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Topic: TI MSP430 LaunchPad experiences (Read 4999 times) previous topic - next topic

Jack Christensen

I'm late to this party (not sure how much of a party it was), just starting to look the thing over. I might pick up a couple, doesn't look like a super impressive MCU, but for the price I figure I can't go too far wrong.

Anyway, I read through a lot of old posts about it, mostly 2Q and 3Q2010, and mostly debating its merits, prospects, and the difficulty of actually obtaining one during the initial crunch.  So now I'm just wondering if folks are still playing with it, what they've used them for, etc., now that the initial hype has calmed down.
MCP79411/12 RTC ... "One Million Ohms" ATtiny kit ... available at http://www.tindie.com/stores/JChristensen/

westfw

There are a number of useful forums and mailing lists, and there are a fair number of projects. (try http://www.43oh.com/ for a good starting place.)
The 430 is a reasonable line of microcontrollers, and it's hard to beat the price.  What you get is a "real" microcontroller development experience; it's nowhere close to Arduino in terms of "ease of use", and it's a pain to use on non-Windows systems.  OTOH, I don't think it's any worse than developing for AVR using AVR-Studio (really similar, probably.  For one reason or another, a lot of those vendor-provided IDEs look very similar.)

A couple of people are poking around at making it more Arduino-like (including me!), but actual progress in that direction is ... not so much.  It's pretty easy to get digtialWrite() and such working, but as you get to the more complex functions there are fundamental differences (and worries about fitting in 2k of program memory) that make progress increasingly difficult...

putyn

i had a bad experience with ti msp430 - wrote some buggy code that made the msp430 reset over and over tried a few things suggested on TI forum but none worked and as westfw said its a pain to get working on linux (actually i didn't got it working) so i was using a windows xp in a virtualbox)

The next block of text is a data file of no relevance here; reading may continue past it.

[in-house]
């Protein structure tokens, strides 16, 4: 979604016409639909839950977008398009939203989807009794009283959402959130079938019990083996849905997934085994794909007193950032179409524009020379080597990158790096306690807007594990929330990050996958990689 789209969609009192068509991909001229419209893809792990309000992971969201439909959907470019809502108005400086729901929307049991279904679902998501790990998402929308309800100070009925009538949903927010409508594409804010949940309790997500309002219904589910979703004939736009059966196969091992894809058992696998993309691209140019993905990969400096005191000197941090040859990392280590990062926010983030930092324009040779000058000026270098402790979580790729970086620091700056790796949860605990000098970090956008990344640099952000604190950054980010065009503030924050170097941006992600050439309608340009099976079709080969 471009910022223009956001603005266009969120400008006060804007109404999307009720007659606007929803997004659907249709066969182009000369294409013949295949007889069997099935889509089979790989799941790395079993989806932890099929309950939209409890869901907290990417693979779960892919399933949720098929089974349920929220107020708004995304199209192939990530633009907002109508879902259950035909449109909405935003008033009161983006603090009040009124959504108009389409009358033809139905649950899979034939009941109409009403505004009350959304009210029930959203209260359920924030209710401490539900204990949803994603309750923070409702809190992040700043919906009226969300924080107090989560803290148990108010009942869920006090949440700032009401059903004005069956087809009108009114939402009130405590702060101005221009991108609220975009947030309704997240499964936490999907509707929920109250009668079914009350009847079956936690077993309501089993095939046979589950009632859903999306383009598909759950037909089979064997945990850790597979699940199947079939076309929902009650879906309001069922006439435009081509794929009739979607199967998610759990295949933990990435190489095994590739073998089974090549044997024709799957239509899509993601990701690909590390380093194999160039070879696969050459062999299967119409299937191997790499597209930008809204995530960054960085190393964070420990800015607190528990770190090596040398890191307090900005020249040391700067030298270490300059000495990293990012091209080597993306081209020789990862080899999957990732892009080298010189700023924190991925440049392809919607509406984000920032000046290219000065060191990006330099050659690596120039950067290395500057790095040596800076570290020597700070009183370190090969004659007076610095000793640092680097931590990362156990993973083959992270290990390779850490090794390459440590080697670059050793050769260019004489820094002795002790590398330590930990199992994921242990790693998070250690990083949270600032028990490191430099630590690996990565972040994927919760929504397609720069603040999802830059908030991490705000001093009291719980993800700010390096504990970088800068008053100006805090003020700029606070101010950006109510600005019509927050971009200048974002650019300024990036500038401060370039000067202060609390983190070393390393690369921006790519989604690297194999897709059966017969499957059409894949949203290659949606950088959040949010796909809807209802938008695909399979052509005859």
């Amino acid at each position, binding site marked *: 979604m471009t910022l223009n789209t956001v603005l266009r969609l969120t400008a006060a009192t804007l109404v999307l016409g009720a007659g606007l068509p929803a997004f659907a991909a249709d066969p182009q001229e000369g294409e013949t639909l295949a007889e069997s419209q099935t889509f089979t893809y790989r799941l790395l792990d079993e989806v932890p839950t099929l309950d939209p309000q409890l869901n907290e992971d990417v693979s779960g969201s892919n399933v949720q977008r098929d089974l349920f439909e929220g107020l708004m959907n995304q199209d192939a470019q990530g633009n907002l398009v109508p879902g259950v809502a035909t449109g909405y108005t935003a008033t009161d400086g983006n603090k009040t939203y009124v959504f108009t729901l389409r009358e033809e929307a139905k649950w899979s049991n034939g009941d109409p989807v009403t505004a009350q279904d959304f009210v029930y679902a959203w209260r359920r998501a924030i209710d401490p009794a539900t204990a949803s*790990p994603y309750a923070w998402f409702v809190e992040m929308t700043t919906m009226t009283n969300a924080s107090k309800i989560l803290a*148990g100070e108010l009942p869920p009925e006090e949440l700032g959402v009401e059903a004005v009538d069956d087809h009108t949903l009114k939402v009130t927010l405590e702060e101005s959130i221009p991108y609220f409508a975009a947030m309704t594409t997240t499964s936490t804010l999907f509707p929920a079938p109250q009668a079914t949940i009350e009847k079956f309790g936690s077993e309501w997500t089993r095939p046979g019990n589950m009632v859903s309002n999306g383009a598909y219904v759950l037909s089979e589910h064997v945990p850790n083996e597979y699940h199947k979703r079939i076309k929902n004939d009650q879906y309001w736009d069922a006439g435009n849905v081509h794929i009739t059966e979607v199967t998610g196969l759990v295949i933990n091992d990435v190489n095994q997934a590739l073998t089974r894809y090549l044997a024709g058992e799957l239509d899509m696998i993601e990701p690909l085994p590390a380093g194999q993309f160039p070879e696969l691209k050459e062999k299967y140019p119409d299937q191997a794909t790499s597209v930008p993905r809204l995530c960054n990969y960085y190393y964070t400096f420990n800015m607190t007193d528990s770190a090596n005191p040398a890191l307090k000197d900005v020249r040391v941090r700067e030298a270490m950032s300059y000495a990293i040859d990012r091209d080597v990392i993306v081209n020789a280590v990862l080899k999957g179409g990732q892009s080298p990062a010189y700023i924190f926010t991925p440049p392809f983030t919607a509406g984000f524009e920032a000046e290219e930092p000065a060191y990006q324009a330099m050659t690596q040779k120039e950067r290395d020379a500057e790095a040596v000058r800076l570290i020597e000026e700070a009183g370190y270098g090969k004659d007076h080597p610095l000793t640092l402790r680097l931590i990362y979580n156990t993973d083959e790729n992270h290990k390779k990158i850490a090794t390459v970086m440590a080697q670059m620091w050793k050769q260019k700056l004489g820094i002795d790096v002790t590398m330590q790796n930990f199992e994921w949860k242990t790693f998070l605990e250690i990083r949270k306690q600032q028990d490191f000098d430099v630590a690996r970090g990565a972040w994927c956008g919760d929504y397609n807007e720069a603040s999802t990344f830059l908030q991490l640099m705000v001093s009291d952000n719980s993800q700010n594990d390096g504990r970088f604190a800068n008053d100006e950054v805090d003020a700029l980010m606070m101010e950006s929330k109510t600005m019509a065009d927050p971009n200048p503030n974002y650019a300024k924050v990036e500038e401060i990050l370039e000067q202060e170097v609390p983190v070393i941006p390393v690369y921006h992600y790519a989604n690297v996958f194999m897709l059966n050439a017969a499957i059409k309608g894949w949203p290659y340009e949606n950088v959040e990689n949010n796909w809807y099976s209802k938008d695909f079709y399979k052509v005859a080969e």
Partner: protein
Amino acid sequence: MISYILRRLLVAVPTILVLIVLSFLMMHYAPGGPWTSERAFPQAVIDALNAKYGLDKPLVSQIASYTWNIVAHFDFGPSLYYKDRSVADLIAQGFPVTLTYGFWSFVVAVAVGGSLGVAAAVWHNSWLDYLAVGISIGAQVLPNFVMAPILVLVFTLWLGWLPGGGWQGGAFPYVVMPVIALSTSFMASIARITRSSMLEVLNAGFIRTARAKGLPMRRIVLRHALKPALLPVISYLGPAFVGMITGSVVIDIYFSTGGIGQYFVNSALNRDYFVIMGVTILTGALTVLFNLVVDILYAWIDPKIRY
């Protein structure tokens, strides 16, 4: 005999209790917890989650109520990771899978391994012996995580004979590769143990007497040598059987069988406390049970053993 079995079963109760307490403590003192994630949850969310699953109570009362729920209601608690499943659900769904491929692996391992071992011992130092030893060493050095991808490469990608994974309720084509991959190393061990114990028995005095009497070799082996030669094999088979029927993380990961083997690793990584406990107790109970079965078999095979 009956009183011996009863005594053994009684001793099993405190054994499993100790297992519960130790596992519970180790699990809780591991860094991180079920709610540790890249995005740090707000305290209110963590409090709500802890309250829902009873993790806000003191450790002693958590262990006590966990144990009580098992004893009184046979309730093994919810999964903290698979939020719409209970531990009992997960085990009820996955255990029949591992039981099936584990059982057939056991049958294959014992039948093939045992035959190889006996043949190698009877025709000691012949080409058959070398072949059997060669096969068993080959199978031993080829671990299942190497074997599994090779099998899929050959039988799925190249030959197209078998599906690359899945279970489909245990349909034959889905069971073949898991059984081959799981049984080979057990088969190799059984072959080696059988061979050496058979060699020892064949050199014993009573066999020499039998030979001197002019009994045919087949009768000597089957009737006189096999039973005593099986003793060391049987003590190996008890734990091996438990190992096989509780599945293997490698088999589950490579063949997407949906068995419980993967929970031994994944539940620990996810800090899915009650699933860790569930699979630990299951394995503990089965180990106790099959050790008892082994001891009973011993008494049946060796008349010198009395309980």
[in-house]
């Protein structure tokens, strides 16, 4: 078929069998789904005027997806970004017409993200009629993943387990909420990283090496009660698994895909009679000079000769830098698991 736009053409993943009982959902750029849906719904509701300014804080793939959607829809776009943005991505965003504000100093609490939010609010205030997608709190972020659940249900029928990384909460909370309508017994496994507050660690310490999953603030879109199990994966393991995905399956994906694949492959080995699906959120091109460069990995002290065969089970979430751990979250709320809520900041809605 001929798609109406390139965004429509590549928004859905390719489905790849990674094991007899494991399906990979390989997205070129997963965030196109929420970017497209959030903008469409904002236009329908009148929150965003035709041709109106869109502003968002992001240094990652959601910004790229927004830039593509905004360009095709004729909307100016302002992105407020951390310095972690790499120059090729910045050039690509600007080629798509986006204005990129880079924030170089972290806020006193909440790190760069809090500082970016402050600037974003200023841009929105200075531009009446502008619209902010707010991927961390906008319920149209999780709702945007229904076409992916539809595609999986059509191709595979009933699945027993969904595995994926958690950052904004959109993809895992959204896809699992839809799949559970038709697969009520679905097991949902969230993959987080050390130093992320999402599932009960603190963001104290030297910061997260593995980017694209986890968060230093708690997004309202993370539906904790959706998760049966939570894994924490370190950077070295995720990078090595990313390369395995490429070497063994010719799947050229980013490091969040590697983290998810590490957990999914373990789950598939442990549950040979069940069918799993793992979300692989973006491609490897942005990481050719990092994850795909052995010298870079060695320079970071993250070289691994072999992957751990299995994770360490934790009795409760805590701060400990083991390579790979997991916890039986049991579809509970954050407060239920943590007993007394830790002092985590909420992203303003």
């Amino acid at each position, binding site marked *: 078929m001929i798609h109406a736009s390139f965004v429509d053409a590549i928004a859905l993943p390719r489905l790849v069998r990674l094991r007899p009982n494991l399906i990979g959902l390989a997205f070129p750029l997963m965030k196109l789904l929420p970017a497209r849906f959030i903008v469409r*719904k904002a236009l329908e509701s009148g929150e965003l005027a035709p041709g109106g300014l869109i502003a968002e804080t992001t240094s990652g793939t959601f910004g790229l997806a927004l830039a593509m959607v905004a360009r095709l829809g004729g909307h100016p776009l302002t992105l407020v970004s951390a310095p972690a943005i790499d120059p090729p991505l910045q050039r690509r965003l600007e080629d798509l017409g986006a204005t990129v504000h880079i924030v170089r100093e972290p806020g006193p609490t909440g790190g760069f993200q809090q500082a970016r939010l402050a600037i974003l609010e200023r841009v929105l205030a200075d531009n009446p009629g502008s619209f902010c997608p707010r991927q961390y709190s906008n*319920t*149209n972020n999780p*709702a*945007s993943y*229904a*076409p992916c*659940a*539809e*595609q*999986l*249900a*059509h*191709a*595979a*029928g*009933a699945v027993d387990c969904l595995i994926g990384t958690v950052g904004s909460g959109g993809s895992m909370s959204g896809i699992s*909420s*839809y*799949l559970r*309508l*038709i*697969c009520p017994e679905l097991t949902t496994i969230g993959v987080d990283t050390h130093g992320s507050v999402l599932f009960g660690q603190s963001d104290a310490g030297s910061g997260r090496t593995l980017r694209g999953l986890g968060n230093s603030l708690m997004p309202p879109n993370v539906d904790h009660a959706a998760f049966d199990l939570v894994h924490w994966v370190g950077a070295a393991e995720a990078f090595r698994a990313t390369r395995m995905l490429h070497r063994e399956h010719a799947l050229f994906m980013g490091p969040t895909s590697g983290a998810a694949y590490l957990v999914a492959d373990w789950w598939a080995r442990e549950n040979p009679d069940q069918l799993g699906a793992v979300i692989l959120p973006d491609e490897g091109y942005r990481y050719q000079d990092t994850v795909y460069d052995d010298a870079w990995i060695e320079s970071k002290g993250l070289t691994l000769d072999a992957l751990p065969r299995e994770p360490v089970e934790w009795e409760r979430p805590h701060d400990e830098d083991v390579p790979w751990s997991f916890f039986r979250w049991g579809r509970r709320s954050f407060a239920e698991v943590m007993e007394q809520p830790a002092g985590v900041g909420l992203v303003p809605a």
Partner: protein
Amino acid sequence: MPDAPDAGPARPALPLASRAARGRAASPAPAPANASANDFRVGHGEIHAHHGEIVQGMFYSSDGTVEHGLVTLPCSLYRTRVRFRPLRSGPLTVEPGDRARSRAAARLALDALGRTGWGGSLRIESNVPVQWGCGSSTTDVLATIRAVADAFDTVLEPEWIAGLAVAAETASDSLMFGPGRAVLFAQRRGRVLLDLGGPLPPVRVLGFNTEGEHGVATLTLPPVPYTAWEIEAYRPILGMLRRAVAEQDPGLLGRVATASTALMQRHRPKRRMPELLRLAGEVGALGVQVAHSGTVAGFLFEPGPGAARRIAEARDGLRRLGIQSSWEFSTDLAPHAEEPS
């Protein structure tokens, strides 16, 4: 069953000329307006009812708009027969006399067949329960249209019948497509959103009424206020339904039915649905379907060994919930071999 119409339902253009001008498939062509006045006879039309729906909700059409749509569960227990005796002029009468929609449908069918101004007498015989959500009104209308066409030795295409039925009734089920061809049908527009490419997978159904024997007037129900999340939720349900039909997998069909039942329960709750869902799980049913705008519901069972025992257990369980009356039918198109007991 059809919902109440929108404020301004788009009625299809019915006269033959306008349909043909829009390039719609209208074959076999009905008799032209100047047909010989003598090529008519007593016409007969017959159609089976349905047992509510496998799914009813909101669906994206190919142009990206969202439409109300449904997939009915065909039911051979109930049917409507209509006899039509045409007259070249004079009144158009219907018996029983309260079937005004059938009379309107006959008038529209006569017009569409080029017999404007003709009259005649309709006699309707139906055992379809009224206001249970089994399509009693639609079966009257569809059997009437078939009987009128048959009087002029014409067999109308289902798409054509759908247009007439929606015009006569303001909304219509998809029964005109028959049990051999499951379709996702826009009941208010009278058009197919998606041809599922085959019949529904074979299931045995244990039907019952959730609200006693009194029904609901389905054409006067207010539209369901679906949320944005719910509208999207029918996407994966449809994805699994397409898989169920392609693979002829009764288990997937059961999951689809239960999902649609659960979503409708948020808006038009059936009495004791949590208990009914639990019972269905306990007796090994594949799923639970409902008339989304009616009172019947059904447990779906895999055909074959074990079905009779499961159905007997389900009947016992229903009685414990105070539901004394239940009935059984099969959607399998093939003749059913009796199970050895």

Jack Christensen

I haven't tried AVR Studio, but have used WinAVR a bit with some degree of success. I did find 43oh.com but haven't spent much time there yet.

I splurged to the tune of $12.90 and ordered the maximum allowed (three) LaunchPad kits (I'm a sucker for free shipping), and it looks like they will ship soon. Being a relative microcontroller noob, I only know AVRs, and while they seem to be just super devices, part of me feels compelled to explore others. Not sure what I'll do with these, or even when, but I'll have them just in case I get bored or something.

If I were to choose one aspect of Arduino that makes it so easy to use, it would be the inclusion and availability of more-or-less "standard" libraries for common functionality, e.g. SPI, Wire (I2C), Serial and its software cousins, etc. Do these exist for "real" microcontroller development? I poked around AVR Freaks and such a bit, perhaps not enough, but didn't find much along those lines. It sure seems like there could be a lot of wheels reinvented. Maybe standard libraries exist within the bounds of various MCU development organizations, and that works well enough.
MCP79411/12 RTC ... "One Million Ohms" ATtiny kit ... available at http://www.tindie.com/stores/JChristensen/

Jack Christensen

Ordered these late on Thursday, they arrived today.

Glad I'm not in Japan, I might be building a screen room!
MCP79411/12 RTC ... "One Million Ohms" ATtiny kit ... available at http://www.tindie.com/stores/JChristensen/

westfw

You know, I was just looking at the LaunchPad page again, and things have changed a bit.
While the initial interest was largely due to the low cost, the CURRENTLY shipping LaunchPad is a much more credible competitor to Arduino.  The chips included are 20pin versions with 8 and 16k of flash, more than one PWM output, and a hardware UART...  and msp430-gcc development has been very active recently as well.  It might be worth getting back to those attempts to get the MSP430s supported by the IDE...